I'm wondering if A) that seems like a logical assumption on my part, and B) if the Security skill should just requie the computer use skill as a pre-requisite or the computer programming skill.
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3:47p - Fantasy RPG Setting Wishlist
Here's a follow-up question to the poll I made in regards to fantasy RPG settings:
If you could list 6-12 things you wanted to see in a fantasy RPG setting, what would they be? It can be anything from golden pantaloons, to just dragons, to cannibal, undead flower monkeys...with golden pantaloons.
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7:40p - Cycles and Setting
This is in relation to my earlier post / reply about 'what I want to see in a fantasy game'.
About five years ago I was chatting with a gamer friend of mine about setting and how to do a campaign. It is understood that most story arcs have a cycle to them like this:
Heroic Person on Throne. Time of Peace (high point of civilization)
Bad Guy Comes and Destroys Peace / Slays Heroic Person (beginning of descent)
Time if Darkness (low point)
Hero Rises, Leads Rebellion (rise of next age)
Hero Defeats Bad Guy, Rules (upper level, near peak)
Culture Becomes Stagnant/Decadent, New Bad Guy comes.
Now, I've seen games where the hero's just claimed the throne, and the PCs are helping keep the kingdom intact, or the villain is in power, and the PCs are helping overthrow them to put the hero in place. These are all well and good, but I had a different idea...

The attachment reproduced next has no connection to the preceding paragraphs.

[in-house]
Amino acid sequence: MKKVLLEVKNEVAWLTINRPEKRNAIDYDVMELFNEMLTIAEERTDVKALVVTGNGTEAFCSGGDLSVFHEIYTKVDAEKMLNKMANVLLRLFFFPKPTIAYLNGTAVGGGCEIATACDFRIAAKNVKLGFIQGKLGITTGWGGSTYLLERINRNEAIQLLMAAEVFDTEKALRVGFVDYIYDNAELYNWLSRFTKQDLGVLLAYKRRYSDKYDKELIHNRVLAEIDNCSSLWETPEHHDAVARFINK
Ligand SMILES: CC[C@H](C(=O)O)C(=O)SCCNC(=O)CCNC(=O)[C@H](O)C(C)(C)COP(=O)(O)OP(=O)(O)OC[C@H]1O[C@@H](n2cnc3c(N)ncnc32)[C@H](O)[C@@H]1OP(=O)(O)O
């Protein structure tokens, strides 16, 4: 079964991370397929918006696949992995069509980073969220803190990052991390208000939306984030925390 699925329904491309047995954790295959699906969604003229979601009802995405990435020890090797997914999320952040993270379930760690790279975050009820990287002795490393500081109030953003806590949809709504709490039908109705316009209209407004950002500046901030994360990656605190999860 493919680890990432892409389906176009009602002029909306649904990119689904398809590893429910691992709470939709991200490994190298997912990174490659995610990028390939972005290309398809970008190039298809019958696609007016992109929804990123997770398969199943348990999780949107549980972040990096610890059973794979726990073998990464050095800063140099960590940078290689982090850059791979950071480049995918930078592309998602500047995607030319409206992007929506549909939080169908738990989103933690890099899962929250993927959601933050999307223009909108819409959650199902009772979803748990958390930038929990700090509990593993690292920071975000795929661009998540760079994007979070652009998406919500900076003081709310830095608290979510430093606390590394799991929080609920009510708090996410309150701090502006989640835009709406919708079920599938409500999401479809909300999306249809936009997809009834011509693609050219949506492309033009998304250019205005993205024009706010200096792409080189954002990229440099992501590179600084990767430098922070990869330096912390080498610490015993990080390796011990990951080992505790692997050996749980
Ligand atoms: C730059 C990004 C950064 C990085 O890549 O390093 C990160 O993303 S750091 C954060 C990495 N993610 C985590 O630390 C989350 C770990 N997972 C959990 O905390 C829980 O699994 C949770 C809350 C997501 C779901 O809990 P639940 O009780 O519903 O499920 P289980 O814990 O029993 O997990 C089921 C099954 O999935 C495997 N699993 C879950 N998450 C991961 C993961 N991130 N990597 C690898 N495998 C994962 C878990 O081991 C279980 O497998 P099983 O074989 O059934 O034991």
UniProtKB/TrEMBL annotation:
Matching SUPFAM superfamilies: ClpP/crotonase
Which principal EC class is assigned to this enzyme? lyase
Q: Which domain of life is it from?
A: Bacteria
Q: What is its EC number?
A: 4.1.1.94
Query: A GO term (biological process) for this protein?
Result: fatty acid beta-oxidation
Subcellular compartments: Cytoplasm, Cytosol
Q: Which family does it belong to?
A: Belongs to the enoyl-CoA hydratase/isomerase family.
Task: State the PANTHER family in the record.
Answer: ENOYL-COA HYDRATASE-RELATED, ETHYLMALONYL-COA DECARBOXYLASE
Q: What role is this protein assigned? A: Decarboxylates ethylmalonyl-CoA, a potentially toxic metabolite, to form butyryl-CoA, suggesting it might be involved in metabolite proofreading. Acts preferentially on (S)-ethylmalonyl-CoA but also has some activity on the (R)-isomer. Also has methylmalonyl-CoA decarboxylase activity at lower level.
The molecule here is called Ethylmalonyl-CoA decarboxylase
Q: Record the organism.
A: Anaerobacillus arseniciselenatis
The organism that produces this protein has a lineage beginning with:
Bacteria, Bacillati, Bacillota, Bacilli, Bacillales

What if these cycles are encoded into the setting, they're a part of the paradigm? And what if the bad guy has just risen? In other words... it is time for that kingdom to fall? Now, it may be that civilization doesn't know about these cycles... or only the wise do, or there could be portents, signalling the fall of that kingdom. (A recent manga I've been reading addresses this, it is recognized that the Mandate of Heaven has passed, and people know this and are turning against the ruling Emperor). What do the PCs do? Do they side with the just ruler and try to keep the kingdom intact, knowing it is probably a lost cause? Do they risk destroying the metaphysical Wheel of Ages, not knowing what this will bring about? Do they side with the villain or try to get someone else to take the place of the fallen ruler if/when that ruler falls?
The idea of starting a campaign with the fall of the kingdom, and the rise of a ruler, is appealing. The heroes could watch everything around them crumble, and then try to pick up the pieces. Or they could try to find someone to help start the cycle of rebirth, and 'speed up' the Wheel. Add a mechanic or system to represent the turning of the Wheel, and things could get more interesting. Push things too fast, and you don't know what will happen. Try to stop the Wheel, and risk breaking it and trapping your world in a specific Age... and one you don't want.
I have considered doing a campaign where the nation is at peace, but the ruler is the villain. His law is merciless, but it is just. People live in fear of him, but they respect him as a ruler who keeps to the laws and punishes those who abuse those laws. The heroes are opposing him... but as far as anyone is concerned, they're the bad guys, because the heroes are trying to destroy society and bring it down.
Just some thoughts;.
current mood: contemplative
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11:20p - Poll on non-mainstream hobbies
For my journalism class, I'm conducting a small survey on non-mainstream hobbies with two friends of mine. We're targeting role-players amongst other hobby groups.
If you have some time, it'd be great if you could fill out the survey. It consists of 17 questions and can be found (here).
I hope this post is not off-topic; if it is, feel free to delete, of course.